As many of you know, I recently launched a learning and development company named Endurance Learning. My co-founder, Tim Waxenfelter, shared the following story with me a few weeks ago and I thought it would make an excellent guest blog post.
When it comes to instructional design, having someone to bounce ideas around with generally leads to many, many better outcomes than if I’m just sitting by myself thinking through the design of a session. Following are Tim’s observations and thoughts on the idea that two heads are better than one:
I’m very lucky to be able to have my whole family together every night for dinner. It is one of my favorite parts of the day. We have a tradition where we ask “what lit up your day?” Continue reading
A little while back, my family tried “cutting the (cable) cord” and we moved exclusively to local channels plus streaming services like Netflix and Amazon Prime.
After about a year and a half, we returned to cable and we enjoyed the ability to watch a brand new episode of The Walking Dead on the same night that the rest of America was watching it.
One night, after an episode had ended, we kept the tv on. We found a show called The Talking Dead aired immediately after The Walking Dead. In The Talking Dead, a panel of people (sometimes actors who had just been killed off on the most recent episode of The Walking Dead) would discuss the episode that just aired. It helped me process what had just happened in the show… and in the panel discussions, I found new ways of looking at events that had taken place.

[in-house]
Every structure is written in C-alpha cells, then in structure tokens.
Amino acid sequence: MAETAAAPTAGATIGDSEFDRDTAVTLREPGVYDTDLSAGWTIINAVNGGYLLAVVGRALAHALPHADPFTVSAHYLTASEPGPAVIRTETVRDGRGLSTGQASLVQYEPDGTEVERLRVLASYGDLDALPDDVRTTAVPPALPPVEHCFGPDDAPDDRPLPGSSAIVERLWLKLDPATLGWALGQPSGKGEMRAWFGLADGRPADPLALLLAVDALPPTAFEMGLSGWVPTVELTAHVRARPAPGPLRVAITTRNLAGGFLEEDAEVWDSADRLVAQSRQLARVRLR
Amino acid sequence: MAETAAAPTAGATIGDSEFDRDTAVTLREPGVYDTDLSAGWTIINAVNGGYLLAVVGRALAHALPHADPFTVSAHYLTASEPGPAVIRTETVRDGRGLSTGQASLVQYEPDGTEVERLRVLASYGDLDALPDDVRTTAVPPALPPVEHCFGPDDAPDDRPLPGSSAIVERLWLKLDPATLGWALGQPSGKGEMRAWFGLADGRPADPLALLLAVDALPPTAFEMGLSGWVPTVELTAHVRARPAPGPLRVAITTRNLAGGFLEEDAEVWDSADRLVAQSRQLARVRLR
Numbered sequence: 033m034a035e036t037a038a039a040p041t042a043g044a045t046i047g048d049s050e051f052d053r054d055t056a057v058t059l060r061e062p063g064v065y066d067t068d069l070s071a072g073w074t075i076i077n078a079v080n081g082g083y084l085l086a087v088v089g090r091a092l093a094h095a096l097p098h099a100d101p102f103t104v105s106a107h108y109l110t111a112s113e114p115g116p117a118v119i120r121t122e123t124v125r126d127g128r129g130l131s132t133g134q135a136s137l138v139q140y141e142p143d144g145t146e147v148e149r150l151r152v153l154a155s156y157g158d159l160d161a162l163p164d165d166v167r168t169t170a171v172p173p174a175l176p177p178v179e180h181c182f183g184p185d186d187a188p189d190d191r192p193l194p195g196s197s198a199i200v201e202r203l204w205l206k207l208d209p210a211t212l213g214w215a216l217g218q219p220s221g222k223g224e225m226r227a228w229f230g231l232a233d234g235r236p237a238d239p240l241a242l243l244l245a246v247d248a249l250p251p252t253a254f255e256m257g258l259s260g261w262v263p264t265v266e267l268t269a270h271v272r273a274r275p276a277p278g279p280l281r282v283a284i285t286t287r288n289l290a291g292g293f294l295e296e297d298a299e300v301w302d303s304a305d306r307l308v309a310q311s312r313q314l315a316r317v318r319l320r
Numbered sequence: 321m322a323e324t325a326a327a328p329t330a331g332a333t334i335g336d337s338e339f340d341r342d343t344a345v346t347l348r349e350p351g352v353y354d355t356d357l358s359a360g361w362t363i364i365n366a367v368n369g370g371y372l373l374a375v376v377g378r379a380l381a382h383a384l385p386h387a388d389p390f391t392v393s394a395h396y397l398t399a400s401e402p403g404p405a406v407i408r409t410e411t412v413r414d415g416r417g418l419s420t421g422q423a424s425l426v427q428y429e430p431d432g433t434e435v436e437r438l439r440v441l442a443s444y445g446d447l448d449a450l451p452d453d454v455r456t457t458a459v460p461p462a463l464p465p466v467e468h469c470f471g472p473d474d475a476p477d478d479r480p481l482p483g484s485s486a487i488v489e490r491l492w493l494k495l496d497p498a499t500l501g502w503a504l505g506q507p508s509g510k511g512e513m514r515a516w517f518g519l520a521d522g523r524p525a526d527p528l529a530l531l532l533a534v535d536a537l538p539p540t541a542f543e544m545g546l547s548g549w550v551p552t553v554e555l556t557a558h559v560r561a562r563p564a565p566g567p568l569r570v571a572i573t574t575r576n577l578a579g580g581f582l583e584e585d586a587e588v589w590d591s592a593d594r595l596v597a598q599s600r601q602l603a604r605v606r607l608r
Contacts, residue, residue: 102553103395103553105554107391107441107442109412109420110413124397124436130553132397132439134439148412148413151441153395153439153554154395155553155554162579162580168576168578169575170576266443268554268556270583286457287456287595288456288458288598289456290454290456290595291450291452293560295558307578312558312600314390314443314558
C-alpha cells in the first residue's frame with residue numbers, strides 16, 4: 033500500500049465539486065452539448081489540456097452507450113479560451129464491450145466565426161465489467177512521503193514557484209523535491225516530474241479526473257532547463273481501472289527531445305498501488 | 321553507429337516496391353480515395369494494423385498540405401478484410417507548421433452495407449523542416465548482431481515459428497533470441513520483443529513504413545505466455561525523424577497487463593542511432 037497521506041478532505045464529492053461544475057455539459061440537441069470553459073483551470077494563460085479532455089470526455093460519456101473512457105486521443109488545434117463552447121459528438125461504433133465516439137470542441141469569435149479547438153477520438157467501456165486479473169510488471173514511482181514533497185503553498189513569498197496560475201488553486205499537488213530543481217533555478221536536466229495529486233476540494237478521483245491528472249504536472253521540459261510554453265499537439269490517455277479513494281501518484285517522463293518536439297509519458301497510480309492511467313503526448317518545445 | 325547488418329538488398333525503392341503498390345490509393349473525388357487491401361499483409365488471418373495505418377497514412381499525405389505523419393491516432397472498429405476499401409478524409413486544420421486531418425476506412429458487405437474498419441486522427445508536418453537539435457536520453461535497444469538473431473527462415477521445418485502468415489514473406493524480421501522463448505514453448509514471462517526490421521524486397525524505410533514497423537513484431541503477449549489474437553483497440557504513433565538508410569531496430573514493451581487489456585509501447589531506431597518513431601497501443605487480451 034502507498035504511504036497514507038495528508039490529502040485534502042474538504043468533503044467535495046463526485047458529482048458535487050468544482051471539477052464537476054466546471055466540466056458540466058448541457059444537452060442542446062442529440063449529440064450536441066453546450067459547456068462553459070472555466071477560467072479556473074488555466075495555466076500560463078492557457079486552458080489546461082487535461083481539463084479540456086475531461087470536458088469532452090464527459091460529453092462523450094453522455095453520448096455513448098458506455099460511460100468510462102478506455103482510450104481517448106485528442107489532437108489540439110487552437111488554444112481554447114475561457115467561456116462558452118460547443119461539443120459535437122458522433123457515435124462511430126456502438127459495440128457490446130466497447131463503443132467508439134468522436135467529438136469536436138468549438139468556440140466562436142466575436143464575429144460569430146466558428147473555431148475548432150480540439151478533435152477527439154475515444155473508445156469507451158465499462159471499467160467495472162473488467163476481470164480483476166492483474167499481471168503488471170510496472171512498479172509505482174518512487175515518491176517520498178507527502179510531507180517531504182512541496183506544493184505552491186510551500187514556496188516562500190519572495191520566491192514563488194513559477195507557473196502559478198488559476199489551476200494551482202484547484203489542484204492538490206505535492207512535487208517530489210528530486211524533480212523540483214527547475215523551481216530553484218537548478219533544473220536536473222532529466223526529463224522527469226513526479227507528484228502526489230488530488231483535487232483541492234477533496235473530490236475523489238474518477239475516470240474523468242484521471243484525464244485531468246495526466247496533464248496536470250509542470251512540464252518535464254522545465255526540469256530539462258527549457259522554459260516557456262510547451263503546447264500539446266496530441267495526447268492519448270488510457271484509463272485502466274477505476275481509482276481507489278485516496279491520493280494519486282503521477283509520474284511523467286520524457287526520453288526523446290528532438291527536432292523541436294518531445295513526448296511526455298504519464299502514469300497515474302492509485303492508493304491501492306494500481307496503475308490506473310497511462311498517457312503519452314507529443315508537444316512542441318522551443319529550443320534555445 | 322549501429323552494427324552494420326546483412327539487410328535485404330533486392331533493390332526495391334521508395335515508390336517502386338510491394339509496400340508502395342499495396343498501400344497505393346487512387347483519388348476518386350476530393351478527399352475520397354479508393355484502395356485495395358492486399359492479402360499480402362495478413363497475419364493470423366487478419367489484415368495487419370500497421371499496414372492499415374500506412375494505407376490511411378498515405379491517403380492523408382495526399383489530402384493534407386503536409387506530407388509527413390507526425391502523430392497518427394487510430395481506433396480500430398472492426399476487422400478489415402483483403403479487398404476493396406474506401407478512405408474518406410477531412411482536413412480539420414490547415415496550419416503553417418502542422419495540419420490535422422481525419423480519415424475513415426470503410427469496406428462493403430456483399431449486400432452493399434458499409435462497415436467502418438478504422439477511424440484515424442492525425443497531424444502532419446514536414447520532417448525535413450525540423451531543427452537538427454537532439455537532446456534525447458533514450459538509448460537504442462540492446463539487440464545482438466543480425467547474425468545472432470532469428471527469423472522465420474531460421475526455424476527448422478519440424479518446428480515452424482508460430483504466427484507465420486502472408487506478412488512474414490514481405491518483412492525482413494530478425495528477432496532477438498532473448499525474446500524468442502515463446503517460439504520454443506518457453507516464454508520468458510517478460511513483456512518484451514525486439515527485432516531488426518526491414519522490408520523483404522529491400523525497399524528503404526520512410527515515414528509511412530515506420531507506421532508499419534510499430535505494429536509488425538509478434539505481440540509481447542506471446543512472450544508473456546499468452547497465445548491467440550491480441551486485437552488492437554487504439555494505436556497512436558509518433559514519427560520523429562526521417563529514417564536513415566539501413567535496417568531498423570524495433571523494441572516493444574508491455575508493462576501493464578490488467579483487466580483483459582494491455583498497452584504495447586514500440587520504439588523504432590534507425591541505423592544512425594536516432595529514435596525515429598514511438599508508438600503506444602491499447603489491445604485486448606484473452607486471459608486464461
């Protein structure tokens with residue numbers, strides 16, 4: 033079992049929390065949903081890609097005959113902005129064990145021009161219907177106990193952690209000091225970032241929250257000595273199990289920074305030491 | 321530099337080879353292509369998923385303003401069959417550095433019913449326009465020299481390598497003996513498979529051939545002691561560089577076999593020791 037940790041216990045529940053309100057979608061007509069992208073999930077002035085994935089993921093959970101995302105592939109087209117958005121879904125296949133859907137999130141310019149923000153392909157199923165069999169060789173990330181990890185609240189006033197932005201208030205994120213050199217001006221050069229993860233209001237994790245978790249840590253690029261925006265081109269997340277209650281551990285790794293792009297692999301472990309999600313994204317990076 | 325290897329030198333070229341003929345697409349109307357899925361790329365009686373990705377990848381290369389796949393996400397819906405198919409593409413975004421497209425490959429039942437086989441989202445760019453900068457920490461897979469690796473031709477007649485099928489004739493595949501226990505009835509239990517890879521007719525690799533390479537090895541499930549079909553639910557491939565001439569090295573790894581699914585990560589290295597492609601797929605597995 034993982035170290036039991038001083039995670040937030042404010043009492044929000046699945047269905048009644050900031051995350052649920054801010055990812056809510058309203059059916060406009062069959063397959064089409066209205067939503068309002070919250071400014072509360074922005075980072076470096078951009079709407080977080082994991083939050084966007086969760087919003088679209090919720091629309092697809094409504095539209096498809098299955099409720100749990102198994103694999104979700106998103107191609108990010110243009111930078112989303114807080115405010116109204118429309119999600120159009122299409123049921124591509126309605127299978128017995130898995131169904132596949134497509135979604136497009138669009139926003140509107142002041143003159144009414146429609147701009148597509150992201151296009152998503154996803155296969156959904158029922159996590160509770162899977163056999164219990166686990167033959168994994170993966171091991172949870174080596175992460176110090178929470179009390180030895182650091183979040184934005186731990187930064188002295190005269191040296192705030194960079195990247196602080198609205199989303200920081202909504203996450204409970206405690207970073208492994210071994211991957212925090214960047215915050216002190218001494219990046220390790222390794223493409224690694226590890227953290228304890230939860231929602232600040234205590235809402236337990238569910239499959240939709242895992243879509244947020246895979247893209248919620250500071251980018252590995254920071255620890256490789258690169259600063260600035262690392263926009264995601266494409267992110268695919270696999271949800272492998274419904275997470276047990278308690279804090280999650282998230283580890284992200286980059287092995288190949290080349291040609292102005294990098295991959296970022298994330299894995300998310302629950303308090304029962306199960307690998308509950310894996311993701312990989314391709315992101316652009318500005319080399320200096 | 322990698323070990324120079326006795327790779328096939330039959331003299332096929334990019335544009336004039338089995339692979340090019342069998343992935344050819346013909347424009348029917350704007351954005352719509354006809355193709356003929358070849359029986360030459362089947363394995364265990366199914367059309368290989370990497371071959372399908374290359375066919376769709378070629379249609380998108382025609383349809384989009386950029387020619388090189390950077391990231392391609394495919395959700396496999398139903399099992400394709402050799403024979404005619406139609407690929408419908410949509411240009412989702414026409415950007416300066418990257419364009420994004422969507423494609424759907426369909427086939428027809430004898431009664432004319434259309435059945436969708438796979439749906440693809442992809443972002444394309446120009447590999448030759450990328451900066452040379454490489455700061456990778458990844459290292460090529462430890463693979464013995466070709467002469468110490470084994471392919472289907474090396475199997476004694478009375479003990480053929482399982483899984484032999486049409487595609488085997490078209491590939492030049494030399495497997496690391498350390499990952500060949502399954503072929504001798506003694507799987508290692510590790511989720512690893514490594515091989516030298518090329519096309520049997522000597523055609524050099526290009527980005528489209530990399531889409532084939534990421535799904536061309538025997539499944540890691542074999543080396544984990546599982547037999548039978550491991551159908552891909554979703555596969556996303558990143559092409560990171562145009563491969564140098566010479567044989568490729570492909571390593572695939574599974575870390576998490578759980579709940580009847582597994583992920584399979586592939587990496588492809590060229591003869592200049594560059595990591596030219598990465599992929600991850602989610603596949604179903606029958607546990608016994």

Giving learners a similar opportunity following a training exercise is something facilitators and instructional designers should be building into their lesson plans. Here are five strategies Continue reading
Employees return from a conference with energy and enthusiasm and new ideas only to drown in a tidal wave of voicemail and email messages waiting for them. A new LMS is rolled out to great fanfare only to have enthusiasm fizzle three months down the road.
The more I work on training projects, the more I’m convinced that there is one word, one concept, one key ingredient that will ultimately determine the success or failure of a training initiative: momentum.
This thought was inspired, in part, when I read this recent post by blogger Ashley Robinson. I encourage you to check out the entire post, but basically she shares the idea of not getting bogged down in this season of New Year’s Resolutions and instead offers the idea of committing to one word. It sounds like a simple concept, but whittling down a bunch of thoughts and ideas and arguments and data into one word is quite a challenge. It requires careful consideration and reflection on how to get to the most fundamental element of the matter.
Arguments can certainly be made that training will succeed or fail based upon sound instructional design, incorporating adult learning principles, establishing a relationship between the trainer/learner/learner’s manager, ensuring any learning intervention has a direct connection to professional development goals or identified learning gaps.
In the end, I believe that it can all be boiled down to momentum. In order to create momentum, learning should indeed be fun (for more on this, check out Juliette Denny’s recent post), learning should indeed have good design, it should include managers in the process, learning should include effective assessments and take-home job aids.
But if all of these elements haven’t created momentum for the learning to be transferred to the job, the success and stickiness of training will surely fizzle.
A good question to keep in mind the next time you’re gearing up to design a presentation or training program is: how will my presentation facilitate momentum?